Read Path of the Renegade by Andy Chambers Online


The first book featuring the Dark Eldar from Warhammer 40,000In the hidden city of the dark eldar, a crisis is coming. An ambitious archon and a twisted haemonculus unite to challenge the city’s rulers, and Commoragh will burn in their wake.For millennia, Asdrubael Vect has ruled the dark city of Commorragh, crushing any who dare to cross him. His reach is long and his posThe first book featuring the Dark Eldar from Warhammer 40,000In the hidden city of the dark eldar, a crisis is coming. An ambitious archon and a twisted haemonculus unite to challenge the city’s rulers, and Commoragh will burn in their wake.For millennia, Asdrubael Vect has ruled the dark city of Commorragh, crushing any who dare to cross him. His reach is long and his position unassailable... or so he thinks. Yllithian, an ambitious archon with the desire to unseat the tyrant, joins forces with a twisted haemonculus in an attempt to revive a long-dead warrior and challenge the might of the overlord, both racing to achieve their goal before Vect discovers their treachery. But a cataclysm is coming, and Yllithian’s actions may in fact be the cause......

Title : Path of the Renegade
Author :
Rating :
ISBN : 9781849701372
Format Type : Paperback
Number of Pages : 416 Pages
Status : Available For Download
Last checked : 21 Minutes ago!

Path of the Renegade Reviews

  • Tarl
    2019-01-13 15:22

    This is my second time reading this book, and quite frankly, I remember nothing from the first time other than Morr. Chambers is old hat in the Warhammer universe, and knows his stuff. I had read some of his works over the years, and when I first discovered that he was writing this trilogy, I was excited. I had, after all, read one of the linked short stories and was interested to see what he would do with the dark kin of the Eldar. Much to be said, overall this is an okay novel. The story is interesting, Chambers' writing is fairly strong, and the story moved from one thing to the next fairly easily. The characters are a rogue's gallery of interesting and unique characters and readers will easily find one that piques their interest. The one weird thing I found, however, is that unlike the Eldar Path series of works, the protagonist of this book is not the renegade mentioned in the title. Rather, he's a character that shows up part way through and closes the novel. I thought this was a weird choice to make, though really it wouldn't have shown the full world of the Dark Eldar... I mean Drukhari.Also, as far as showing the depravity of the Drukhari, Chambers holds back. Sure, they do a lot of blood shed and back stabbing, but most of it happens in a word or two rather than any kind of description. This, though watering down the dark kin, manages to keep the book out of the horror realm, as well as makes the novel able to reach a wider audience. (especially new, younger players who would be drawn to the 'edgy' nature of the Drukhari) So I can't blame him really, and he did do a fantastic job making them seem plenty evil without going overboard. Still, it does tone them down a lot and weakens what could have been a darker book. You win some, you lose some.All in all, this is an okay book. I enjoyed it, I liked how it worked with the two short stories I had read before reading this work, and I liked how the renegade was able to show the differences between the Drukhari and the Aeldari. How one of the Aeldari could turn to the other side and how that would eventually transform them into one of the dark kin. It was interesting to see, and I am sad that more time wasn't spent on him, but rather the protagonist. (who, now that I think about it, was also kind of a renegade against the current norm, but overall he was just being a standard Drukhari, so it isn't so much being a renegade as it was just doing what they do, blackstab people.)If you are interested in something other than the plethora of Space Marine novels out there, I would recommend giving this series a go. It's refreshing to read, and one of the more unique series in a collection over populated with orks and space marines. Well worth the time to read.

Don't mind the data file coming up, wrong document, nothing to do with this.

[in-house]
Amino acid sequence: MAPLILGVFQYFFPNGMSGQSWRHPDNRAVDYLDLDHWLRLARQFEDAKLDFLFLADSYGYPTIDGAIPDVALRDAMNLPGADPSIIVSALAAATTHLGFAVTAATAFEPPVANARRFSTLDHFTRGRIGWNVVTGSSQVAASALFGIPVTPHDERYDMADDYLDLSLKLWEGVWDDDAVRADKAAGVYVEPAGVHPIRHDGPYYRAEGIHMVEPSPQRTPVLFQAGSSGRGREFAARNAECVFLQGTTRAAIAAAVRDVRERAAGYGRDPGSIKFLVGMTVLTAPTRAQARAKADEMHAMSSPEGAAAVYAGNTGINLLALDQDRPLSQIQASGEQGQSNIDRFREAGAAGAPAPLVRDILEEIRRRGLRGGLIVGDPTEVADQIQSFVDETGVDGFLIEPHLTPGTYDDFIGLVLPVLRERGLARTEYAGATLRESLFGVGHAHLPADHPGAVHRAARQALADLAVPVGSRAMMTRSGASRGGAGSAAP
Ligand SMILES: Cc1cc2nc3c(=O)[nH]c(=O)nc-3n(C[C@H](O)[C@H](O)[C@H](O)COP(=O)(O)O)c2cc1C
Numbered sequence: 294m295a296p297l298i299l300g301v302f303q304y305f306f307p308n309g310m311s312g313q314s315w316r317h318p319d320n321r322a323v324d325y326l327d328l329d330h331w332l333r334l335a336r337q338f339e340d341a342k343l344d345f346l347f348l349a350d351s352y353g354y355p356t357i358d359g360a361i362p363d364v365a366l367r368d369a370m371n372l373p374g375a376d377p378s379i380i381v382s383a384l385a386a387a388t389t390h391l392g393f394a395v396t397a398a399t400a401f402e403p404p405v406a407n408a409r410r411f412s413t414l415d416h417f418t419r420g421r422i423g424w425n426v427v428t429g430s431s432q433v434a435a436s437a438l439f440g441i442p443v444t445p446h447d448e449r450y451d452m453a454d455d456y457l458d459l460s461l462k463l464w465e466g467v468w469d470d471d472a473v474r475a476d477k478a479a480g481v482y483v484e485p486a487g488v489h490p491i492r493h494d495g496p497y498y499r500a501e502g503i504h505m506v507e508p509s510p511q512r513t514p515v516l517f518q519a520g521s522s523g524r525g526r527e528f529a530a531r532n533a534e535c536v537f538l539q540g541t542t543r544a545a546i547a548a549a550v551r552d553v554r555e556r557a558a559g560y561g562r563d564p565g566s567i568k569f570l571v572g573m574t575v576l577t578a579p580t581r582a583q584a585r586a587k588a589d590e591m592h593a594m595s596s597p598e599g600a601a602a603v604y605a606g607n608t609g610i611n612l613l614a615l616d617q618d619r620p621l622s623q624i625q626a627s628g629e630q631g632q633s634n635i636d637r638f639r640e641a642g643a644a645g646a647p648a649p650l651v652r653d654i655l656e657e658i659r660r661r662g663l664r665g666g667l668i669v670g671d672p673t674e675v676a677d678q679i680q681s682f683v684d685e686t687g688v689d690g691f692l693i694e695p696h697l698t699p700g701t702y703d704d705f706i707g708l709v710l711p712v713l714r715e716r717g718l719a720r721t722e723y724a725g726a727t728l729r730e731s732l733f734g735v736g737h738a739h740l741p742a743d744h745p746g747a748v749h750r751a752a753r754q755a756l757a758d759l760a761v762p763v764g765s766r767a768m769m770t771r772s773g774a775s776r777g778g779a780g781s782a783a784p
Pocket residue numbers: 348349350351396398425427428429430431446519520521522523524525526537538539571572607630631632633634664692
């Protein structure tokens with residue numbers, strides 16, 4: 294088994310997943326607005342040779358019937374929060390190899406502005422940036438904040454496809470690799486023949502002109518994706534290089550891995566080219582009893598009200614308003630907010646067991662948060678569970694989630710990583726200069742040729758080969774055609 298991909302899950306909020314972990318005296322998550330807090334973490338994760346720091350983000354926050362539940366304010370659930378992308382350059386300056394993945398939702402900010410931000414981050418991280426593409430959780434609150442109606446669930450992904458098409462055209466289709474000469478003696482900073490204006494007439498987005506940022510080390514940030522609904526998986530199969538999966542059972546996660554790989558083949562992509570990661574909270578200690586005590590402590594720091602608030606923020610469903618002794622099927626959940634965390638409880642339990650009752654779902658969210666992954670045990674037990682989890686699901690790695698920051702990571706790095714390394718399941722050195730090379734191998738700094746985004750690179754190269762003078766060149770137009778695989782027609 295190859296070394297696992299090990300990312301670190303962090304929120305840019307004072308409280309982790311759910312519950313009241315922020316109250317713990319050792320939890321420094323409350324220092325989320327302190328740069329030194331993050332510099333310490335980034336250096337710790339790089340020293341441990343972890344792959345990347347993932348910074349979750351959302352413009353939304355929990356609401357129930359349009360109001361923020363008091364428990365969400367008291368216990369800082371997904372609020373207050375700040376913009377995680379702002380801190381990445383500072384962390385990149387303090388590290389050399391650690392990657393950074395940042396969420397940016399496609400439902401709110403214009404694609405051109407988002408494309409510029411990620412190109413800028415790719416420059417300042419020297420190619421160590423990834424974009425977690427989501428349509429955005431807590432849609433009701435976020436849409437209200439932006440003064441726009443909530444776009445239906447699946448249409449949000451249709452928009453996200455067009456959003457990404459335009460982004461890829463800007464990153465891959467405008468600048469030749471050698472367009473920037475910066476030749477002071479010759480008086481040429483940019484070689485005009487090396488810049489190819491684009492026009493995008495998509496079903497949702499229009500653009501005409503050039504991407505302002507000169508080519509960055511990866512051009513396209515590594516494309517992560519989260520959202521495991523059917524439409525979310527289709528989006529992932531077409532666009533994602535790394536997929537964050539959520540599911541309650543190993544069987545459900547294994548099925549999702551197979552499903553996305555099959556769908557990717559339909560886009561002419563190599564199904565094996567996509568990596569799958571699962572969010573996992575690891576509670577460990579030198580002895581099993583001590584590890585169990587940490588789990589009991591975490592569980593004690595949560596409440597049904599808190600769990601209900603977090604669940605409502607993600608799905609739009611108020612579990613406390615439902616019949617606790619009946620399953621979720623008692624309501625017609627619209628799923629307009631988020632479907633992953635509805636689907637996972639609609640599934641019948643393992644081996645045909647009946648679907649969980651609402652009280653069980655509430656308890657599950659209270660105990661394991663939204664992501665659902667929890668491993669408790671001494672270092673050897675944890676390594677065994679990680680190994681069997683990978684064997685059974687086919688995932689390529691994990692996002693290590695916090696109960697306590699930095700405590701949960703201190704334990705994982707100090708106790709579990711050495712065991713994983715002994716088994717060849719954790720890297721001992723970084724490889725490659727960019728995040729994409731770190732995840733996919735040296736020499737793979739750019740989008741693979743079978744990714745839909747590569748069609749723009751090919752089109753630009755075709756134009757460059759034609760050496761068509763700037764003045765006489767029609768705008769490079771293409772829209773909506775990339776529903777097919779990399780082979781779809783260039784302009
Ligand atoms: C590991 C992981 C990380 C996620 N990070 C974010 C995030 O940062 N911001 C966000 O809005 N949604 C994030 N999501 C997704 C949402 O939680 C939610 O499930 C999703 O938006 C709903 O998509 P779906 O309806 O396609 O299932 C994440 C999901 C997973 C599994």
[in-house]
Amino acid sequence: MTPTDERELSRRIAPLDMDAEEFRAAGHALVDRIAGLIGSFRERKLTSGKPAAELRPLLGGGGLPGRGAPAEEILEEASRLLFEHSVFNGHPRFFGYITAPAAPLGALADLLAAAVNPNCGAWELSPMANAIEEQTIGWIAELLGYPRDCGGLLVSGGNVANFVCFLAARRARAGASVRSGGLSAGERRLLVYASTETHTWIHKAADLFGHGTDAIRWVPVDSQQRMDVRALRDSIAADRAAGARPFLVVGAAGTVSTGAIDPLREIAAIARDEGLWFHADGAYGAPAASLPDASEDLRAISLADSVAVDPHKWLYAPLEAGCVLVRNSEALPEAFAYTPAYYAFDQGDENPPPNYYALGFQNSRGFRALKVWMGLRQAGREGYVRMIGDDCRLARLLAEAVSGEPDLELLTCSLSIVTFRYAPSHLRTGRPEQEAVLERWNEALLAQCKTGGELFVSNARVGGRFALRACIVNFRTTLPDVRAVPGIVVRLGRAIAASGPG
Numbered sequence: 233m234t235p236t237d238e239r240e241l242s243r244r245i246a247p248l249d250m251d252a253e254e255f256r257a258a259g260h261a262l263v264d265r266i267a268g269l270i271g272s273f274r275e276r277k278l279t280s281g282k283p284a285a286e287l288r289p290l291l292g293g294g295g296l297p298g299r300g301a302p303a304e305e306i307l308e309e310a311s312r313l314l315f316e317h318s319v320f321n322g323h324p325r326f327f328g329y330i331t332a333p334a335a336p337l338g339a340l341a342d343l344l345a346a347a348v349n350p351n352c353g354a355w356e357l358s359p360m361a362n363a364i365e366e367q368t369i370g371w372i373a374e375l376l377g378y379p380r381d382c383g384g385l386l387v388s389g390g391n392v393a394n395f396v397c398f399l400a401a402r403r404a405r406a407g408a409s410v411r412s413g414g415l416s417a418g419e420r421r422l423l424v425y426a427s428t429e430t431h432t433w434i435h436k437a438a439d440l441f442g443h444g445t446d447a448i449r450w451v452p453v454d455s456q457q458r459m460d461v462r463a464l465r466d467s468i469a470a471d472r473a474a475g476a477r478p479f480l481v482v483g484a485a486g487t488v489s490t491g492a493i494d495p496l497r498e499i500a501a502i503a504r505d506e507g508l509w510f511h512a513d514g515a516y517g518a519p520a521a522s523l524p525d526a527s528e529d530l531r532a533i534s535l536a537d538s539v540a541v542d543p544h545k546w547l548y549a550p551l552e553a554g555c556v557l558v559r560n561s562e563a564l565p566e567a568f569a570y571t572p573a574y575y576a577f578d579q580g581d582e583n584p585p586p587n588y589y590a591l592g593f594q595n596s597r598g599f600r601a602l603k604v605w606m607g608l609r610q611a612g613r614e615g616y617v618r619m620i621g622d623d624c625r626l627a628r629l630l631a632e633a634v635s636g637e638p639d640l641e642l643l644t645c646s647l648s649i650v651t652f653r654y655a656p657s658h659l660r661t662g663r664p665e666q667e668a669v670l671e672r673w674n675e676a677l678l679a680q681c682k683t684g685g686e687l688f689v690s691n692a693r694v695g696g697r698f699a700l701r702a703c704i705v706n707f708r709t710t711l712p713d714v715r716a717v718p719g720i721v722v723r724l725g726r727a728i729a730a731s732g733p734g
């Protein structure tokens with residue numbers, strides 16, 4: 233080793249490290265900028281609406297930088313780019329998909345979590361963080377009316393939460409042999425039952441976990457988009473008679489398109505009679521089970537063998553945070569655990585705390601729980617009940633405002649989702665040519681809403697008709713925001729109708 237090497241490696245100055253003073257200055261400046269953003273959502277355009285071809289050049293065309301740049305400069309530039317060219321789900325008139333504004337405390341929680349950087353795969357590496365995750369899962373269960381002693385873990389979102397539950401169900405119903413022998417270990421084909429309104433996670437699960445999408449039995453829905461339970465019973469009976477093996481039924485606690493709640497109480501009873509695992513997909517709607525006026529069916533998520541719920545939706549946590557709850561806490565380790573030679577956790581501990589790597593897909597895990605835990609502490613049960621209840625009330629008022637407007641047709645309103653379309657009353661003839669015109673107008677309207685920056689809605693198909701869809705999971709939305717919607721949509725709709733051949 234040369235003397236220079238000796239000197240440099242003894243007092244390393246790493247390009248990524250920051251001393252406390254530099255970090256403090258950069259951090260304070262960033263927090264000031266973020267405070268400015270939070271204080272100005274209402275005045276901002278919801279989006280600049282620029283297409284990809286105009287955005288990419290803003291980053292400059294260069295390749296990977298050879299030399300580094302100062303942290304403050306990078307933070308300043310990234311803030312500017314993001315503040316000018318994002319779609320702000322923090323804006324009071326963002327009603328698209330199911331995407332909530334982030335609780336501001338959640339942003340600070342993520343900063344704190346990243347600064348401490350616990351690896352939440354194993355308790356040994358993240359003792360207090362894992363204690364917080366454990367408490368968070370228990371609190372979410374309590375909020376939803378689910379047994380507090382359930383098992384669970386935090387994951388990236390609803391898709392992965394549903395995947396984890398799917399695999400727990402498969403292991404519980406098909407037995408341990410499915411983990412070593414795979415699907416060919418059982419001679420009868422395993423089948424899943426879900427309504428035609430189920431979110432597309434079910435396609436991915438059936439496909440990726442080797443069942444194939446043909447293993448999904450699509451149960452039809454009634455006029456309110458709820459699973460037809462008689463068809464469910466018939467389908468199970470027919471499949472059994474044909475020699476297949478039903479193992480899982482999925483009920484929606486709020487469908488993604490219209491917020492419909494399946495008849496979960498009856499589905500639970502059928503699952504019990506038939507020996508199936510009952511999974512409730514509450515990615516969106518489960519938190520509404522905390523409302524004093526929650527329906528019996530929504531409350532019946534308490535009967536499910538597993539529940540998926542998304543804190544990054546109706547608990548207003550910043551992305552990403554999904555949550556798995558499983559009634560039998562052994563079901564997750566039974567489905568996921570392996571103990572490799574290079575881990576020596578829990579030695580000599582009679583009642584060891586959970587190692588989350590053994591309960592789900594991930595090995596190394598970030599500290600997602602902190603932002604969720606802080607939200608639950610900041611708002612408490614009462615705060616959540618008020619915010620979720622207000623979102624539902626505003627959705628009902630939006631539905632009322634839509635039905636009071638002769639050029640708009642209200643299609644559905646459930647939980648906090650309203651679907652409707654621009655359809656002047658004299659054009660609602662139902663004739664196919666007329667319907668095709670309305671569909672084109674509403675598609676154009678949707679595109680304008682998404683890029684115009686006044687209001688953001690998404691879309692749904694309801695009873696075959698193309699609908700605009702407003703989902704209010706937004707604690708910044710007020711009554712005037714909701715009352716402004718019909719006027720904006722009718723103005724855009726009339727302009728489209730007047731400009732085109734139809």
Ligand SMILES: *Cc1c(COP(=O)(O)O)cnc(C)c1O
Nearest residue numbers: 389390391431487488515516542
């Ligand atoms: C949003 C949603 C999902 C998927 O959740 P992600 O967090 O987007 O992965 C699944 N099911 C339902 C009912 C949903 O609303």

• Tim
    2019-01-07 20:16

    I was hoping this book would be connected with the Path of the Warrior/Seer/Outcast trilogy by Gav Thorpe. And actually, without immediatly noticing it, it is kinda connected.The main plot of the story can be condensed to a group of archons trying to overthrow the supreme tyrant of Commorragh, the capital of the Dark Eldar in the Webway. But this is not where the interesting parts of the story are.A subplot in the story tells the story of an eldar from the craftworlds that actually changes sides to his dark kin. This is where the "Path of the..." trilogy connects. After reading part of the trilogy, it's interesting to see how an eldar can choose to rebel, betray his kin and join the Dark Side... without immediatly succumbing to the clutches of She Who Thirsts: the Path of the Renegade is a path just as any other, granted, with a lot of different twists and turns.The overall atmosphere and description of the lives of the Dark Eldar paint a very nice picture of how they too endure as last surviving elements of their species. Myself, I didn't know how these Dark Eldar survive or save themselves from the gaping maw of Lady Slaanesh, but now I do... small hint to a spoiler: (view spoiler)[it has to do with becoming Slaanesh, with eating screaming souls just as the Dark Goddess does, to strengthen and prolong their own existence (hide spoiler)]And as a cherry on the cake, we get a glimpse of those other Eldar we didn't know a lot of, apart from that they're neither craftworld eldar or dark eldar: the story features a raid on an Exodite world (with hints on how the exodites are 'saved' from chaos), and we even meet up with a Harlequin Eldar... which is a very elusive but interesting part of the story.Not at all recommended for beginner WH40K readers, a must-read for those interested in the 'Path of the ...' trilogy.

  • Milo (BOK)
    2019-01-09 13:13